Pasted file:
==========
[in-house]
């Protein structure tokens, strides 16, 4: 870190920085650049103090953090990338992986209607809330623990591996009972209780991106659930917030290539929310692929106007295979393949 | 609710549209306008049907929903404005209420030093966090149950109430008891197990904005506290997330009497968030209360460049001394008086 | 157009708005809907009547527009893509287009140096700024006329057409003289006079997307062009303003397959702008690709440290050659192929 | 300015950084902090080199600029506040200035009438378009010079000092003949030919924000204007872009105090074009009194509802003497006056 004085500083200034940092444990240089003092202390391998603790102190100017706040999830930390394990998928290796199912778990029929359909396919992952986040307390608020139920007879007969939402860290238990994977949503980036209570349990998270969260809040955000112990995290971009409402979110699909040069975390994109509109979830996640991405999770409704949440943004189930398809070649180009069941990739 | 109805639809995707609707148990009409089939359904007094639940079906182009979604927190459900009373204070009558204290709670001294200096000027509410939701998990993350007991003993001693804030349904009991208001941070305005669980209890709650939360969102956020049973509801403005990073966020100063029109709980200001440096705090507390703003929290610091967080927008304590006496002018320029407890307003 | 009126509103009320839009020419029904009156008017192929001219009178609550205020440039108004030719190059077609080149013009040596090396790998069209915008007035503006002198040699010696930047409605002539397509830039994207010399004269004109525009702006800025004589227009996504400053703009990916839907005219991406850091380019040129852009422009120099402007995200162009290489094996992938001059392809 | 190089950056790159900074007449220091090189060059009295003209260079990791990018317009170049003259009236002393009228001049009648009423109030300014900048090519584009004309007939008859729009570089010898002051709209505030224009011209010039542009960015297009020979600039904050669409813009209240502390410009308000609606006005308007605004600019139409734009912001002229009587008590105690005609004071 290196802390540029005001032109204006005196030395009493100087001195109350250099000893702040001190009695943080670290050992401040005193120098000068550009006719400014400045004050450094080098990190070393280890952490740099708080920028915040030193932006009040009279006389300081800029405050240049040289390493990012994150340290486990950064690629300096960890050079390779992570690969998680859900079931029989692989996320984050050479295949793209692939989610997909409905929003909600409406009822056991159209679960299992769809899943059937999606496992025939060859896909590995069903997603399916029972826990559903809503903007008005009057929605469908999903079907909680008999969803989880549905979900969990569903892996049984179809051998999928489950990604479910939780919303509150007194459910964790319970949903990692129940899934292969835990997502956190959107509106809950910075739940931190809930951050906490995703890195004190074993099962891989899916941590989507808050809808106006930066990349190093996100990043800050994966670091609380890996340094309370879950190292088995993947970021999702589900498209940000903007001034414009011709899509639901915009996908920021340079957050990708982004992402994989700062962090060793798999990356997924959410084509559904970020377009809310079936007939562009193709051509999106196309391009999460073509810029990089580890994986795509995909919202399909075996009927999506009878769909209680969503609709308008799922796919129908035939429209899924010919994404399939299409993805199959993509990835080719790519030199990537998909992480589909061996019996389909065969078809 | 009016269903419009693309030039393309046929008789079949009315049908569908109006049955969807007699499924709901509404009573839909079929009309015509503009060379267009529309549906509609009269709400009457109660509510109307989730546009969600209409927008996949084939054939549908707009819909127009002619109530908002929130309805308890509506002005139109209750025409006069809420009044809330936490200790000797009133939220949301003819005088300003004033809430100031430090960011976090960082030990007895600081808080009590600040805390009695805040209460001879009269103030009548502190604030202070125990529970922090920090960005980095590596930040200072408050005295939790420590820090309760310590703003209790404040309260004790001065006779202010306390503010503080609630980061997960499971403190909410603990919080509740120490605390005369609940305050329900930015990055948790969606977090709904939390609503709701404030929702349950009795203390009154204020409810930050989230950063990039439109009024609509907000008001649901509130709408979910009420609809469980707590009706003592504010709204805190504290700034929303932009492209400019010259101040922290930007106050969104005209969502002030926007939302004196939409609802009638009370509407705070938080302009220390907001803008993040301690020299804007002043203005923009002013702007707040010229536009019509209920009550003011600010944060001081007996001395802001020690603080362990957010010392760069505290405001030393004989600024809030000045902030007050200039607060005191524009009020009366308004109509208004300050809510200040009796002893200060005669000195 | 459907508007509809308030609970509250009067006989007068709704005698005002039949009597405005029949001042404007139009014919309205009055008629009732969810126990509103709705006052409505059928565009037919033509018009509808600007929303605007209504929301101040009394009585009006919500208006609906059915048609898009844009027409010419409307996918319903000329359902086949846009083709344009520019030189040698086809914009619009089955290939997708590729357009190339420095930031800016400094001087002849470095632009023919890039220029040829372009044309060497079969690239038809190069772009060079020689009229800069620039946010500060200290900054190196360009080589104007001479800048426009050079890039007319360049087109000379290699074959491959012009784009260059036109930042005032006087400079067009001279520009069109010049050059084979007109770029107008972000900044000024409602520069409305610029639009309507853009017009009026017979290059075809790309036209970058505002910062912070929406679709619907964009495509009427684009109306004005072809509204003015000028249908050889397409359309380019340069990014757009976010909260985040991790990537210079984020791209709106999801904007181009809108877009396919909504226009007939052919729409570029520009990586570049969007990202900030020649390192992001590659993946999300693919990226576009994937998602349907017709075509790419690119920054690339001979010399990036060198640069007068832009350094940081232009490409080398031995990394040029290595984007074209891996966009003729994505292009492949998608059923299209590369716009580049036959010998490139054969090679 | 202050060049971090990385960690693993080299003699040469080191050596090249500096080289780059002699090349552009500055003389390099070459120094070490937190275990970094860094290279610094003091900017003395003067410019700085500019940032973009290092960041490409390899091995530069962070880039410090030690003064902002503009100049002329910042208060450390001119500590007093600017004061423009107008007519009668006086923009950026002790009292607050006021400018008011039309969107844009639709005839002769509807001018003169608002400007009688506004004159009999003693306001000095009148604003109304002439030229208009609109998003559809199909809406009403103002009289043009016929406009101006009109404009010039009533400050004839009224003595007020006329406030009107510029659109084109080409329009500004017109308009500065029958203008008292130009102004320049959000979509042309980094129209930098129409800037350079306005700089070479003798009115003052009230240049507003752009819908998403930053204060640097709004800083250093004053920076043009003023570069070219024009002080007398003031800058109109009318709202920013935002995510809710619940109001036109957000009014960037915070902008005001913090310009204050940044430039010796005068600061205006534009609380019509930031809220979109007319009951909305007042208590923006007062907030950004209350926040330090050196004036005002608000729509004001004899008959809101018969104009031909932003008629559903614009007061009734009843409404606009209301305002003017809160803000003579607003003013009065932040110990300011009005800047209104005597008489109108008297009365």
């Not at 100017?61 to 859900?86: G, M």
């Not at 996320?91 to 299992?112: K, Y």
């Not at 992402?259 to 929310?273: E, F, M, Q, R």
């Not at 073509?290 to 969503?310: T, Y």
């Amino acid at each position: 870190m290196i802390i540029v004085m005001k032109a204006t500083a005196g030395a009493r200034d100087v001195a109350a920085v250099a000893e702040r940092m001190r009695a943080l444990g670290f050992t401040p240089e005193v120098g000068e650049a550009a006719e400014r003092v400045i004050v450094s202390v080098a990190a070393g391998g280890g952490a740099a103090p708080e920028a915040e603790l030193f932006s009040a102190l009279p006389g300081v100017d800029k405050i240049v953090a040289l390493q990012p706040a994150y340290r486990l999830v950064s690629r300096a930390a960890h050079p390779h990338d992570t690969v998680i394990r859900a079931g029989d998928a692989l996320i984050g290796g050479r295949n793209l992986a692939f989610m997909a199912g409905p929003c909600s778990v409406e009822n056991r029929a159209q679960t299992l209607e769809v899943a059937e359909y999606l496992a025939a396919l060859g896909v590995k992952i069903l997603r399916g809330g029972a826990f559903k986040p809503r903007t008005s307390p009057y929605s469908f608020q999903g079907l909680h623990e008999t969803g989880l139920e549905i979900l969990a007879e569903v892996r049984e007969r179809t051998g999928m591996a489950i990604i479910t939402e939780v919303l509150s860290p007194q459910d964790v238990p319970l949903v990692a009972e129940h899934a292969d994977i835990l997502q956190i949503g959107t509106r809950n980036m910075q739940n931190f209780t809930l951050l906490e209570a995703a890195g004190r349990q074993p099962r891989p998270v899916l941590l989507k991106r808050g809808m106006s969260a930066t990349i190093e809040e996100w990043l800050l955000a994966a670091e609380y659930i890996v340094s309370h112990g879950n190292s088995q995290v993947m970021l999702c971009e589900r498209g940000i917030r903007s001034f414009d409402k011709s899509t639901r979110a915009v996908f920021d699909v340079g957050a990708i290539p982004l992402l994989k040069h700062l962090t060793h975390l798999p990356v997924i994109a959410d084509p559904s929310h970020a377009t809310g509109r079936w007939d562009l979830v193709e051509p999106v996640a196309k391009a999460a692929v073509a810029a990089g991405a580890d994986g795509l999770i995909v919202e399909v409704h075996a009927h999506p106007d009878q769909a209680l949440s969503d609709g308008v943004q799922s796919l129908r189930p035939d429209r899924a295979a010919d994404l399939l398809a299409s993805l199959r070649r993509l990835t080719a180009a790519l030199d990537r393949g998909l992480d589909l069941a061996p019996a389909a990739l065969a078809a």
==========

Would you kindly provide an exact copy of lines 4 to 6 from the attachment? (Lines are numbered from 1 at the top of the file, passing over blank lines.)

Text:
């Not at 996320?91 to 299992?112: K, Y």
């Not at 992402?259 to 929310?273: E, F, M, Q, R």
């Not at 073509?290 to 969503?310: T, Y």